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Barge Fuel Fee Moves A Step Closer To Lock And Dam Repairs

For years, the aged infrastructure for barge transportation -- including those that carry grain from upriver delivery points to terminals in the port at New Orleans, Louisiana, from where U.S. grain makes its way to the global export market -- has been a looming problem for an industry on which much of the U.S. economy depends.

But, long-sought updates to that infrastructure, namely locks and dams that today make river transportation difficult, took a step toward reaching fruition this week with the passage of the Achieving a Better Life Experience (ABLE) Act of 2013 in the House of Representatives.

The ABLE Act that passed the House by a landslide vote of 404-17 pertains primarily to the ability of individuals with disabilities to cover expenses related to education, residence, transportation, health care and employment. Part of that, though, is a proposed 9-cent-per-gallon tax on barge fuel to ultimately fund repairs to the outdated, aching lock and dam system.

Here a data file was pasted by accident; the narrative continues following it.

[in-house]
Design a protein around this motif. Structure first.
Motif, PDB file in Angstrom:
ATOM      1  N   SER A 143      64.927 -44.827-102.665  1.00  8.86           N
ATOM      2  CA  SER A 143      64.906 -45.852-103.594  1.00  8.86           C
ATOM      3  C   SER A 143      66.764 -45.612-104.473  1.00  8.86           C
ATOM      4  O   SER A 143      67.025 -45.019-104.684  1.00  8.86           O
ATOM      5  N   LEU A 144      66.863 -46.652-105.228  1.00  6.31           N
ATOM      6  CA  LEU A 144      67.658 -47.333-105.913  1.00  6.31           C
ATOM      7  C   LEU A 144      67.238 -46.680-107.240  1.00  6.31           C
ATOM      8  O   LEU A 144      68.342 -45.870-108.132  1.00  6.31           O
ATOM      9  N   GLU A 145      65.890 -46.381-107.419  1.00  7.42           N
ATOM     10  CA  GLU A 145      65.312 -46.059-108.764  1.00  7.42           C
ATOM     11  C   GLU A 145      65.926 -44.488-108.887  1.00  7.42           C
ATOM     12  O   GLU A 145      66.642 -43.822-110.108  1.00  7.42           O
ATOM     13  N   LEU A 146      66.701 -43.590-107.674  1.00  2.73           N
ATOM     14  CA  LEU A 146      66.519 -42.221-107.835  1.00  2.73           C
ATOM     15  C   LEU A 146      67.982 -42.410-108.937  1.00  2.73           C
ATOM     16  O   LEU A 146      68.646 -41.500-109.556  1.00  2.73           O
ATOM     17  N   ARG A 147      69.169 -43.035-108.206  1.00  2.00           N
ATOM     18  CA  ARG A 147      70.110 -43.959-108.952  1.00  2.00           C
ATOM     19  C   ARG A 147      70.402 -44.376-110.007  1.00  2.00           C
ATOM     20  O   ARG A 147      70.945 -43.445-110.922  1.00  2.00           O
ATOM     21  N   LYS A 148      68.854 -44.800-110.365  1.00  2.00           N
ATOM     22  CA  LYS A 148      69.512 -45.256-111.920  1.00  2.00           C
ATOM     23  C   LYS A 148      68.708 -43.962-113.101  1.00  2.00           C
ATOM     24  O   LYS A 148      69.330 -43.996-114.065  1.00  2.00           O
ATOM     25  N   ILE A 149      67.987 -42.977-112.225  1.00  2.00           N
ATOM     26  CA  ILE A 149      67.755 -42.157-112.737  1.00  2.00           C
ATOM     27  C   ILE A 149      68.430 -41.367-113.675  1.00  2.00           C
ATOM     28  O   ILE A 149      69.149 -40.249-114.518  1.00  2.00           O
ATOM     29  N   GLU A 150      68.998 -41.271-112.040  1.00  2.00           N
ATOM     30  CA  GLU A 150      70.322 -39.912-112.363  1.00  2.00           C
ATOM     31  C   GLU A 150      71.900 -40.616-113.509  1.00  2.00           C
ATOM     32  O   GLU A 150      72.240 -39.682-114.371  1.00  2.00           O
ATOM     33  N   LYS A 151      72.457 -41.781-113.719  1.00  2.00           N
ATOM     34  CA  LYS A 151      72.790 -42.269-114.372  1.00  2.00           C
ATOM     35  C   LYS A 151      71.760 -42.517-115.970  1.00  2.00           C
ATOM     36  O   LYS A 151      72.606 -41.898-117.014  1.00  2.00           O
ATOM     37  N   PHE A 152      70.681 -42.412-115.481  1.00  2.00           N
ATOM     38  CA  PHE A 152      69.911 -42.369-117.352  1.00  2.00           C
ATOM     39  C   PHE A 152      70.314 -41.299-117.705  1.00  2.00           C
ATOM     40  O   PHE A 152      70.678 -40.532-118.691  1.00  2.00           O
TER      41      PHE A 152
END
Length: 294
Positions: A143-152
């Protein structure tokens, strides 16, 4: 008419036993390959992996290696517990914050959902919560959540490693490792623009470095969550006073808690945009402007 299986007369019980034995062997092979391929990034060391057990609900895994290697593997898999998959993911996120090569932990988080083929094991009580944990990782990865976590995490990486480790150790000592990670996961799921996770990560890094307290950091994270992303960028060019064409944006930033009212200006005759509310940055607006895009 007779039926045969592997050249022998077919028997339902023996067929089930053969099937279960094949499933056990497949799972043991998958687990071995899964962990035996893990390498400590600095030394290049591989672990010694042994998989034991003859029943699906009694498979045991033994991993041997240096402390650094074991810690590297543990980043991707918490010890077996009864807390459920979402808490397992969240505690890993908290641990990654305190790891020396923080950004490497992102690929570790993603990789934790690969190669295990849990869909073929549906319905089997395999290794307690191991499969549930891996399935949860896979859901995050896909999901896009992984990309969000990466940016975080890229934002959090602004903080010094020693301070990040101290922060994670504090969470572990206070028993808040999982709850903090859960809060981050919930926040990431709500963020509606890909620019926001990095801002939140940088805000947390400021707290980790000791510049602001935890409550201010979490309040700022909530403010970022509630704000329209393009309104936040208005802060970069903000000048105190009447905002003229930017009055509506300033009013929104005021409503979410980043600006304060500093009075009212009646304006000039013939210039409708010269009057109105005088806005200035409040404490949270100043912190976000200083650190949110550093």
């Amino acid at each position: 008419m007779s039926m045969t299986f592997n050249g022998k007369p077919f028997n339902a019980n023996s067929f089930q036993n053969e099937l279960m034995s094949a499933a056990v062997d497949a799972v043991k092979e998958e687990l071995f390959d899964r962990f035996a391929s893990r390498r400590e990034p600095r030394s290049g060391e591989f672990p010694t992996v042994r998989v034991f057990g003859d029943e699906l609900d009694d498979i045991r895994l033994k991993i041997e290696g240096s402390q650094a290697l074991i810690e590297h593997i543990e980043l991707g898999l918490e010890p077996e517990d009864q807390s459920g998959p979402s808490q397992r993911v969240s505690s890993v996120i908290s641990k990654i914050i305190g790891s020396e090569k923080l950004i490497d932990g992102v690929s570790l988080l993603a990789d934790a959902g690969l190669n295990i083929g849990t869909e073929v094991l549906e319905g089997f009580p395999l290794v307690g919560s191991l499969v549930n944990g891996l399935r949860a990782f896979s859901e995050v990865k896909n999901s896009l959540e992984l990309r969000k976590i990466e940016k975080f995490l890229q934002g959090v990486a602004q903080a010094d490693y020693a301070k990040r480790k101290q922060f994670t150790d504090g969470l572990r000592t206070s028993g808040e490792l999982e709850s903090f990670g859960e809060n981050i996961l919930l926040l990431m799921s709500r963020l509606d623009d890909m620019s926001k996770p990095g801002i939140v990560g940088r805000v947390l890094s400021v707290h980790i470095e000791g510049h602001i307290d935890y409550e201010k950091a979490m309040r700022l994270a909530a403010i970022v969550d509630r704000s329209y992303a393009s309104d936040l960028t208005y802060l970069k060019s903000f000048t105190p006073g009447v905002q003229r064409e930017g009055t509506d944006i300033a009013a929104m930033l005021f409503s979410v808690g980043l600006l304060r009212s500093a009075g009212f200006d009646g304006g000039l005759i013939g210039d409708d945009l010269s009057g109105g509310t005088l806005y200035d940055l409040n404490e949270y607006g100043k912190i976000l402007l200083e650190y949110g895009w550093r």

The ag industry lauded the passage, saying it's an important step in the right direction for the ag sector.

"The nine-cent increase in the per-gallon barge fuel fee is something that is supported not only by the nation’s soybean farmers, but also by the commercial barge and towing operators who pay it," says American Soybean Association (ASA) president and Iowa farmer Ray Gaesser in an ASA report. "We all support this as a way to dedicate funds to new waterways infrastructure construction and major rehabilitation of the inland waterways system through the Inland Waterways Trust Fund. We are pleased that the House passed this provision, and we call on the Senate to quickly do the same.”

The Inland Waterways Trust Fund accounts for half of all improvements, both new construction and revamping existing structures, with the remaining 50% coming from general federal tax revenue, from which about $300 to $400 million is allocated to the trust fund each year based on an existing 20-cent-per-gallon "commercial towing" fuel tax. The Inland Waterways Trust Fund itself takes in about $100 to $120 million each year, a fraction of the cost to repair the locks and dams, some of which are more than 8 decades old.

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